The Hon. T.A. FRANKS: I move:
That this council—
1. Recognises that school libraries are at the heart of teaching and learning in schools and that they are also places where a love of reading can be sparked and nurtured, often with the guidance of the school teacher librarian.
2. Recognises that:
(a) connected learning spaces serve an important role in schools and they should be complemented by physical libraries where students can browse, study, read and receive assistance from a qualified teacher librarian; and
(b) investment in school libraries helps students achieve educational goals, develop a love of reading, advance digital literacy skills, provide access to diverse ideas and improve cultural and social awareness.
3. Affirms its love for libraries and that it wants public school students to have libraries they can love too.
4. Calls on the government to ensure every public school student in South Australia has access to a quality school library and a qualified teacher librarian.
I think it is safe to say that most of us would have warm memories of spending time in libraries in our youth and we remember our school libraries with fondness. Mine was a place where I read the Sydney Morning Herald of a morning in recess and International Gymnast Magazine. I certainly could not afford either of them had they not both been provided by my school library. School libraries are at the heart of teaching and learning in schools and are places where a love of reading can be sparked and nurtured, often with the guidance of the school's teacher librarian.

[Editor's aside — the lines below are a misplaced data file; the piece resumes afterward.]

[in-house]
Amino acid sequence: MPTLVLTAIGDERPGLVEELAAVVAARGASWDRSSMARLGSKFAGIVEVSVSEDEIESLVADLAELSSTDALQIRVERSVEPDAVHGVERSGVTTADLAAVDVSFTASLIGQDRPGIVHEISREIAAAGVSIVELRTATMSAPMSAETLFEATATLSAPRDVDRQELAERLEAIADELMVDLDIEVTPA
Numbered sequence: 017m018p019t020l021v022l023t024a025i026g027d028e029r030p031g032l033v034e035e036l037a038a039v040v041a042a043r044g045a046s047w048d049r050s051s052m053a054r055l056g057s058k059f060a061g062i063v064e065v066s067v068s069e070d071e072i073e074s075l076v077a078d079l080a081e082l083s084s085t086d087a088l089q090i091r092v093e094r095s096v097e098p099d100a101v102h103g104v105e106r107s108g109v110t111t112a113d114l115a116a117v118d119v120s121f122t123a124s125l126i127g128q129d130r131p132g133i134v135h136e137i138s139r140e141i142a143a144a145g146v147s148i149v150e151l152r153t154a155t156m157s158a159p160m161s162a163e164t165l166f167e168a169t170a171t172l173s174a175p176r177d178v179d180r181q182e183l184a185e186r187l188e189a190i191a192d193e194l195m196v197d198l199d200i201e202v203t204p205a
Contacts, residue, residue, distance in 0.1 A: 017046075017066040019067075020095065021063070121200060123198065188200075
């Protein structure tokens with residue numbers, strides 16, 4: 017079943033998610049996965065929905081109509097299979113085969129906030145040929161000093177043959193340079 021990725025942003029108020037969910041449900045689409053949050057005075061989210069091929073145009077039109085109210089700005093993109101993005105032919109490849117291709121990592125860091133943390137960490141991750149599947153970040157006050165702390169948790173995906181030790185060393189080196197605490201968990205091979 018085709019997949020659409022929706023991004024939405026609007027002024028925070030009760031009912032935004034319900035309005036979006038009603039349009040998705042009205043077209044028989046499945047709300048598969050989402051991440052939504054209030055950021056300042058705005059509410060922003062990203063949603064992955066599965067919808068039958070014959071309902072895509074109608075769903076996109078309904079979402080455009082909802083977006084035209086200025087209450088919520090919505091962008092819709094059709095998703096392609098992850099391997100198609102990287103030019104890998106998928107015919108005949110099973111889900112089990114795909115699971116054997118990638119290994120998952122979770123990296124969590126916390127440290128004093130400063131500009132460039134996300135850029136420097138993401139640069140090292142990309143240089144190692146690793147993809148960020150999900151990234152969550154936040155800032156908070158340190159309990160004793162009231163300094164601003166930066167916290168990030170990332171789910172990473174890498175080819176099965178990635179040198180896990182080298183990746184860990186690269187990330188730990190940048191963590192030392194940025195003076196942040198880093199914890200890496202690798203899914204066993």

Recently, I had the pleasure of meeting with the School Library Association of South Australia to discuss nation-leading research that has just been conducted in our state on school libraries, as well as the absolute value of having a well-resourced school library with teacher librarians. The 'School libraries in South Australia: 2019 census' is the first report of its kind in Australia. Prior to this census, all that existed was anecdotal evidence, but this research shows what many, and in particular the School Library Association of South Australia, have feared is the case: South Australia does not have the staff it needs for our school libraries.
Prior to the census, the number of teacher librarians in South Australia was unknown. The 2019 census revealed that only 23 per cent of schools in South Australia currently have access to qualified teacher librarians, even though 94 per cent have staff providing library programs and services. Of the schools that do have a teacher librarian, most are employed under the recommended levels. Further to this, the census has shown us that smaller schools under 400 students and remote schools in disadvantaged communities are less likely to have library staff, and secondary schools with 'virtual' libraries are also less likely to have library staff and, in particular, a teacher librarian.